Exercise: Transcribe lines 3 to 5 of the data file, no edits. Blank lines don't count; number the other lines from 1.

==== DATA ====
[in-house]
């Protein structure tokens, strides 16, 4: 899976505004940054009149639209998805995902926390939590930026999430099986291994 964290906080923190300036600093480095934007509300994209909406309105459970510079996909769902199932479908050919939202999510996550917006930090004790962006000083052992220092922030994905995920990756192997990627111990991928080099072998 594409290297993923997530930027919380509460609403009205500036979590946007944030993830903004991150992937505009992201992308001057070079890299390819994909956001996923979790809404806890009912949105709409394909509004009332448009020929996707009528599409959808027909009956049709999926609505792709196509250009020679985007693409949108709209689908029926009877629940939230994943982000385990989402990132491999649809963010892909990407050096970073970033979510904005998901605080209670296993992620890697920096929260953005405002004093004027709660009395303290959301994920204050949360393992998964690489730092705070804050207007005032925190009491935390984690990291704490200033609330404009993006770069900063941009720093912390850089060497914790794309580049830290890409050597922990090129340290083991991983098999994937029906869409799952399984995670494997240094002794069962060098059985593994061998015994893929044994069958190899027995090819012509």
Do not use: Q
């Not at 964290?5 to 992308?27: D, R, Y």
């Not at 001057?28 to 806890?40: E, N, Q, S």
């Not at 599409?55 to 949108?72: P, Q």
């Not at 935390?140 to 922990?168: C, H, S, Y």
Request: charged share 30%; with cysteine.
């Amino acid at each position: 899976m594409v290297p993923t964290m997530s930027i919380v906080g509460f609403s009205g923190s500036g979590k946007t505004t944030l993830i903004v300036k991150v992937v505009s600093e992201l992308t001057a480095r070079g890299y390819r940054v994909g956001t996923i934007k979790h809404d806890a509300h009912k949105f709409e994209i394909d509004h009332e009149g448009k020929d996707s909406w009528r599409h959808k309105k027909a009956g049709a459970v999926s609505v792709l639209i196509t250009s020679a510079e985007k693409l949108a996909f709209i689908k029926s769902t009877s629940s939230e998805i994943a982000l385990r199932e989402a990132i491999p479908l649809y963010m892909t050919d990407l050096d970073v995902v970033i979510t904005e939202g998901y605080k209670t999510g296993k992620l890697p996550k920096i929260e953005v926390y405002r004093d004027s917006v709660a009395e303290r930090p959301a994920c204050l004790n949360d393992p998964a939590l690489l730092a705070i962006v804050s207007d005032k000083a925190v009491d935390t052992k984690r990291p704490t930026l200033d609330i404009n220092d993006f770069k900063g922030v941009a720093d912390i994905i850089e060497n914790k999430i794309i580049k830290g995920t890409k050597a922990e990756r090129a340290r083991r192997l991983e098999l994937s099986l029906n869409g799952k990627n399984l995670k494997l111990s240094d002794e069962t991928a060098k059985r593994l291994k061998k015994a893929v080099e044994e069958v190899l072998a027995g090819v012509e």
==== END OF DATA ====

Do not use: Q
């Not at 964290?5 to 992308?27: D, R, Y």
């Not at 001057?28 to 806890?40: E, N, Q, S």